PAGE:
For me, grocery shopping is as therapeutic as other forms of shopping. There is something quietly calming about seeing rows and rows of fruits and vegetables neatly arranged side by side on the display shelves. In supermarkets, the oceanic array of food products is enough to put me in a reading frenzy. Trolley in front, you can find me walking down the aisles slowly, eyes intent on the shelves, reading the packaging and quietly marveling at the fact that there is over 18 types of energy bars, and we are only talking about one brand of food item.
"You don't need an apple and cinnamon flavoured energy bar Harry, put it back," my mum told me two weeks ago when we were out in Cold Storage for our routine grocery shopping.
"But I am always feeling lethargic and tired by noon," I reasoned.
"How about eating breakfast in the morning for a start?" my mum sarcastically replied.
"Is this you or is this the menopause talking?" I asked.
My mum threw the energy bar at my face.
"Wake up early tomorrow and follow me to the wet market. I want to get fresh poultry and vegetables," my mum said, pushing the trolley away.
"Why can't you just get it here?" I complained.
"I said fresh," my mum curtly said.
"But Cold Storage IS the fresh food people! That is their tagline," I joked.
My mum stared at me.
So the next day at 7:30 in the morning, my mum and I was up and about and walking around the wet market, much to my annoyance. I was also feeling slightly terrified inside. This is because my mum has a habit of getting into heated verbal arguments with butchers, fishmongers, vegetables and fruit sellers. And dried provision shop owners too if I may add. That is possibly the only typical middled aged woman attribute that she has, but exercised in the wet market with absolute ferocity.
After buying fish, prawns, squids and chicken, we arrived at the vegetable shop. My mum asked the old man manning the shop for 1 kilograms of potatoes. So after he had weighed the potatoes and was putting them inside a plastic bag, my mum held out two $2 dollar notes.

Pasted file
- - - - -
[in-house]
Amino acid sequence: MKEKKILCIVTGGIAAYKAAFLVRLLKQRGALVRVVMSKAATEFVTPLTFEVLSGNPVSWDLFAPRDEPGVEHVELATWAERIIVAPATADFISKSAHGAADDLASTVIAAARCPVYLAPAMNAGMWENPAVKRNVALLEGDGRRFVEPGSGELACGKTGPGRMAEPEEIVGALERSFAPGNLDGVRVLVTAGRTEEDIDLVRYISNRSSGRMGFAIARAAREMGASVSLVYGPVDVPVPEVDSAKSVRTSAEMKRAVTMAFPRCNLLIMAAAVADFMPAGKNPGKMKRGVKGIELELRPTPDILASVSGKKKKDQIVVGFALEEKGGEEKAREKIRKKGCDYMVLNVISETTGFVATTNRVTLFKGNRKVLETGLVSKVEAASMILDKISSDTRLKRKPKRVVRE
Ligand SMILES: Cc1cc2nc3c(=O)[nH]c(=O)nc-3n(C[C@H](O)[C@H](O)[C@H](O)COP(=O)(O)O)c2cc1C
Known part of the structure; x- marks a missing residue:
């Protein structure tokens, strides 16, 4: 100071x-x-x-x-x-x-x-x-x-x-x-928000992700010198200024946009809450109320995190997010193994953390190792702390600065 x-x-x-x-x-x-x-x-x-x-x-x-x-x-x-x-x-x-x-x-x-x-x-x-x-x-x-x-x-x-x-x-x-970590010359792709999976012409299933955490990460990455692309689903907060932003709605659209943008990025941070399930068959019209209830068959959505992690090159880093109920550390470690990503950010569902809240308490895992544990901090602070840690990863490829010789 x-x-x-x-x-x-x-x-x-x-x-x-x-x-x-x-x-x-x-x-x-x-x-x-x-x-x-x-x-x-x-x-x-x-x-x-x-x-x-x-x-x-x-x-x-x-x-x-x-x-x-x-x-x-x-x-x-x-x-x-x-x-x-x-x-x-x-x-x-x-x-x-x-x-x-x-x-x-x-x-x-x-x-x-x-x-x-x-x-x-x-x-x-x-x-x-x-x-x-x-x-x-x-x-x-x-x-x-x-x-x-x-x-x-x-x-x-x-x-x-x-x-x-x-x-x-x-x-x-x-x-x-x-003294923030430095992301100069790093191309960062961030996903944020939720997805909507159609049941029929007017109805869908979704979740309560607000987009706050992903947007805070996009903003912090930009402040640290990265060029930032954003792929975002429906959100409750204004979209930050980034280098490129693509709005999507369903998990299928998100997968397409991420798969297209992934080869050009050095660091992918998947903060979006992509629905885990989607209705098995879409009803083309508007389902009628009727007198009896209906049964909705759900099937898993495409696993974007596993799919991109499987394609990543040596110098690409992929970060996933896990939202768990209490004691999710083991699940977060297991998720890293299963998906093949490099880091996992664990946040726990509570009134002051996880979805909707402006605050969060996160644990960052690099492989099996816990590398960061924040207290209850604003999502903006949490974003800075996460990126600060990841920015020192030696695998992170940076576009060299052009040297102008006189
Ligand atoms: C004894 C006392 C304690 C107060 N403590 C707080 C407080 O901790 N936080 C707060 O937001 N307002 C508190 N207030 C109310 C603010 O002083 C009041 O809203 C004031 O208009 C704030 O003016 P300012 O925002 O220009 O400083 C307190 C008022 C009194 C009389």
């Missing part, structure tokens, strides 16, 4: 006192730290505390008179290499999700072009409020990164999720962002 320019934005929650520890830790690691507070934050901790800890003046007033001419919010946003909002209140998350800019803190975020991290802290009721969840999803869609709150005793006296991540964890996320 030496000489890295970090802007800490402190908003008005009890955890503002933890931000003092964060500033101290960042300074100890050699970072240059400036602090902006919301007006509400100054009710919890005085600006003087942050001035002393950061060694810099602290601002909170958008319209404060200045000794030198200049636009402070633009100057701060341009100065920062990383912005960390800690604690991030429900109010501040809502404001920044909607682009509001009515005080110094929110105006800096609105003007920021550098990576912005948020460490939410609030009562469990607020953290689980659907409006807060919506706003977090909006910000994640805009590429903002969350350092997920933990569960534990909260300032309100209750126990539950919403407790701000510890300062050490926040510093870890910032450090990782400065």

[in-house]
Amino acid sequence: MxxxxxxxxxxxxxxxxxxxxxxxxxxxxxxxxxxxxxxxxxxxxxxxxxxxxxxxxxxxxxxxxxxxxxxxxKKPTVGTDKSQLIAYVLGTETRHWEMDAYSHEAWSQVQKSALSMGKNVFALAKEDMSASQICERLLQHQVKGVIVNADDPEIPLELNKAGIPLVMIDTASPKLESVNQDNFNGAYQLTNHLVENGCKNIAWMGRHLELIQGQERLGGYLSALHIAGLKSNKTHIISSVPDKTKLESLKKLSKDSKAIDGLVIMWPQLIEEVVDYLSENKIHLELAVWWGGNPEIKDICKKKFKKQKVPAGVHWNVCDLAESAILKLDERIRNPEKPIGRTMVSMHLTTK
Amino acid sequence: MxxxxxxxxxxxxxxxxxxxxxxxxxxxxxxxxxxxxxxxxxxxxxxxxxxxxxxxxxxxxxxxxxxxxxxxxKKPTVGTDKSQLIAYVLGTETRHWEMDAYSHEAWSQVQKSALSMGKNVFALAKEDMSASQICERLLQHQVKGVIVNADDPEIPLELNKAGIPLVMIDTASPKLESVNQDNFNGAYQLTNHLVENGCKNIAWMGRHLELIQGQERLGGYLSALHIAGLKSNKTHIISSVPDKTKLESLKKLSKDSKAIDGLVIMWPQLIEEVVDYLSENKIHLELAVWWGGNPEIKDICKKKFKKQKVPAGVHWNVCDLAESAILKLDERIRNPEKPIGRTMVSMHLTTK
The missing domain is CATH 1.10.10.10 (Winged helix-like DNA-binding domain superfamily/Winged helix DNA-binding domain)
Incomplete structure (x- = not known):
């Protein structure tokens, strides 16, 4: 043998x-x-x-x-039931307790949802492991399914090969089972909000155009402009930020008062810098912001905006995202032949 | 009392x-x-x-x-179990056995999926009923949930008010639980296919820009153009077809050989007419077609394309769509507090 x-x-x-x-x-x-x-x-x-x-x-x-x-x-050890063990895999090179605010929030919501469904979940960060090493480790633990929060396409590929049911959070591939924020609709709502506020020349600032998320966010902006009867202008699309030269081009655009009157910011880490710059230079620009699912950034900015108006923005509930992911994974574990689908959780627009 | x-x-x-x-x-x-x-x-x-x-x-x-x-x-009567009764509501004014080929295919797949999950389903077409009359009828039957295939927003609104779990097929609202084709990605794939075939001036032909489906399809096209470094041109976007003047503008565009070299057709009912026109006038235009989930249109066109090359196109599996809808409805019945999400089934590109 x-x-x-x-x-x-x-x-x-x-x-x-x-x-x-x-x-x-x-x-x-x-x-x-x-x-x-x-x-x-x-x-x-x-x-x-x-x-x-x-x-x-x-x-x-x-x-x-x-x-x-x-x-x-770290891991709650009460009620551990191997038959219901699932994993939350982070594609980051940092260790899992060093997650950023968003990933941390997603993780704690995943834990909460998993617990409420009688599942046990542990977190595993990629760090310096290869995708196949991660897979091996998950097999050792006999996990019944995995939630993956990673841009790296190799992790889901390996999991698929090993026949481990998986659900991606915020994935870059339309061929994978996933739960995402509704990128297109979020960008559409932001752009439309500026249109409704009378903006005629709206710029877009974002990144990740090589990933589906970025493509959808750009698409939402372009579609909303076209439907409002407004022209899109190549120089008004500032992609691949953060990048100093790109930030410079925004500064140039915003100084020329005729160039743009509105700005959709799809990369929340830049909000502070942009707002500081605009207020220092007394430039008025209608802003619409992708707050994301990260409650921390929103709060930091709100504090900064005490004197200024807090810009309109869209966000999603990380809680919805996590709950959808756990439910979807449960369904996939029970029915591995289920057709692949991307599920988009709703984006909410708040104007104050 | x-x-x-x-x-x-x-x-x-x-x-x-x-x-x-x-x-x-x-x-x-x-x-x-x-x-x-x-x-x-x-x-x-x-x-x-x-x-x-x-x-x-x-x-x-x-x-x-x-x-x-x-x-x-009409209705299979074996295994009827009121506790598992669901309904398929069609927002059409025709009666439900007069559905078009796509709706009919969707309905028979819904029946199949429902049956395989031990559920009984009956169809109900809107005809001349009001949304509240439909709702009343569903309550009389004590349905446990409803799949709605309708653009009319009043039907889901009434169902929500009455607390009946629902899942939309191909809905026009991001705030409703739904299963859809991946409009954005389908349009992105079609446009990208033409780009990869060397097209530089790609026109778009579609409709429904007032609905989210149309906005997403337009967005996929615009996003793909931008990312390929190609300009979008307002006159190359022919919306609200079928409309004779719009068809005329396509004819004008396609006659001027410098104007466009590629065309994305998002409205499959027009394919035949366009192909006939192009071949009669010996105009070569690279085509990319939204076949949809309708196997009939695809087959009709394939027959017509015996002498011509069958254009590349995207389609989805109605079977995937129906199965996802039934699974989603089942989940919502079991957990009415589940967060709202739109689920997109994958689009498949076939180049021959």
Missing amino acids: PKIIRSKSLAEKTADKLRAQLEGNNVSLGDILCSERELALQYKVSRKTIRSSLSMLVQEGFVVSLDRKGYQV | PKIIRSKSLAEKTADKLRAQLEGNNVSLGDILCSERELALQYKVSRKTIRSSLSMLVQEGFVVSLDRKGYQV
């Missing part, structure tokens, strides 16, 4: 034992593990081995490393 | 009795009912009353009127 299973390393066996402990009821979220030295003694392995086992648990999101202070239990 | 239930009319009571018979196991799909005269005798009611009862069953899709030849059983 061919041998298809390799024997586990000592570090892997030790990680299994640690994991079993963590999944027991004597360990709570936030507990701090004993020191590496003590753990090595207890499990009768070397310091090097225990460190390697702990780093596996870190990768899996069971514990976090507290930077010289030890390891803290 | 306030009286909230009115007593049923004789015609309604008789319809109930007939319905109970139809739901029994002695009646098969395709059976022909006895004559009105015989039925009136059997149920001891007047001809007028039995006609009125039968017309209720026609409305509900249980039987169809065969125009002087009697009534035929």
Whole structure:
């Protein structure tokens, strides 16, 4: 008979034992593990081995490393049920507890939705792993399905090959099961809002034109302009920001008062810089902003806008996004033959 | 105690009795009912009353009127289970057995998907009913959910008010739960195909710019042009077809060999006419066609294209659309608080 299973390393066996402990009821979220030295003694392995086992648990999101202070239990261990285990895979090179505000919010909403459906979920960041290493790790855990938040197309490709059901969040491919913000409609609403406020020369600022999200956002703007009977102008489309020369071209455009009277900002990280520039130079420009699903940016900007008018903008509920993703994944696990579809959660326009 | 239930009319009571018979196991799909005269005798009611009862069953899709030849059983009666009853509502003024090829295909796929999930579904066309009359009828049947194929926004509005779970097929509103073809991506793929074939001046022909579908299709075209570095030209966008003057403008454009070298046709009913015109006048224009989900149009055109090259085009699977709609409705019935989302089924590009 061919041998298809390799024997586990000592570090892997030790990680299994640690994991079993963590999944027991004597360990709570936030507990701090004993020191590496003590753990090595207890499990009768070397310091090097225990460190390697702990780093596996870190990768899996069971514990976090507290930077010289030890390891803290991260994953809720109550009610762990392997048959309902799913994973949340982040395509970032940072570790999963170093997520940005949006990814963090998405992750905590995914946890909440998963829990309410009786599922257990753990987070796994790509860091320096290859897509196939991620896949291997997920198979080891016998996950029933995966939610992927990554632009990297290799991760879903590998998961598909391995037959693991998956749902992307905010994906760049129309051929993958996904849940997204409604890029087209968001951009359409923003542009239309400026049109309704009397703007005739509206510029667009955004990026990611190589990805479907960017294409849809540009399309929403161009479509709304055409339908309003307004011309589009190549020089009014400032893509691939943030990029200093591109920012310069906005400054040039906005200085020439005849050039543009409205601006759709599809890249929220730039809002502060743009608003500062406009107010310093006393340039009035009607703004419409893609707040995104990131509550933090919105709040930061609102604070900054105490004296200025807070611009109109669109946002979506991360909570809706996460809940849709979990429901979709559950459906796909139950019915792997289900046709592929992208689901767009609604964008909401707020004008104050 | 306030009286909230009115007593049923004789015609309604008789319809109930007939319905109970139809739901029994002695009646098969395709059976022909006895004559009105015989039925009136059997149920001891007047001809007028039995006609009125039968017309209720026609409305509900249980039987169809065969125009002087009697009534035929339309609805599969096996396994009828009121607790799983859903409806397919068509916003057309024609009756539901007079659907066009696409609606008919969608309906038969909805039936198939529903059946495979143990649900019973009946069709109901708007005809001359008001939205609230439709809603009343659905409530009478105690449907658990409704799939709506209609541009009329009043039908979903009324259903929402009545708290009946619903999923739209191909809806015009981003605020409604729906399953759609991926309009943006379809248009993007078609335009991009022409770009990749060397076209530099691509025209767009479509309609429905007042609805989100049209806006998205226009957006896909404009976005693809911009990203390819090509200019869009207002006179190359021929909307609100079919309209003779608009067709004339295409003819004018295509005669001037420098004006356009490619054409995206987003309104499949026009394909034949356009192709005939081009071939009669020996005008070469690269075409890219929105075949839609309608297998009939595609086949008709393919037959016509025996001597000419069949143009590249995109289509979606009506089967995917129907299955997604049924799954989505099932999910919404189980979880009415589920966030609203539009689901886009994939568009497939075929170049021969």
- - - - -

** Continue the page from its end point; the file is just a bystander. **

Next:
"Six dollars," the uncle said.
"How come? Last week I buy one kilo of potatoes only four dollars. How come so expensive today?" my mum retaliated.
She didn't buy any potatoes last week by the way. It's an age old trick in the book when bargaining for things.
"Last week, last week. This week potatoes expensive already. This one from USA," the uncle explained, rather rudely.
"Don't know which farm you take, you say USA. You know USA where or not uncle?" my mum raised her voice.
"America lah!" the uncle shouted back.
"Are you seriously going to argue with the uncle over two bucks? Everybody is looking!" I said from behind her and handing the uncle another $2 note.
"Don't give him chance. He will con you! I have seen potatoes from USA, these are not from USA! Liar!" my mum spat at the uncle.
"Oi! You possessed or what? Can stop it or not? People are staring!" I hushed her.
"Stare at me then! I pretty what!"
Yeap, that is definitely menopause. And yes, that ALWAYS happens. Sometimes when I go grocery shopping with her, I feel like I am in a reality program where I am being tested to the limits by the shenanigans that my mum put out in full display to the public.
"And why do you need one kilo of potatoes anyways?" I asked, hauling the plastic bag filled with potatoes inside the shopping trolley.
"Six dollars? Ridiculous!" was my mum's reply.
"You are still bothered about the extra two bucks? Didn't I pay for it? It's only two bucks for god's sake, stop it mum!" I said, annoyed.
"Two bucks can get anything you want from Daiso!"
God help me.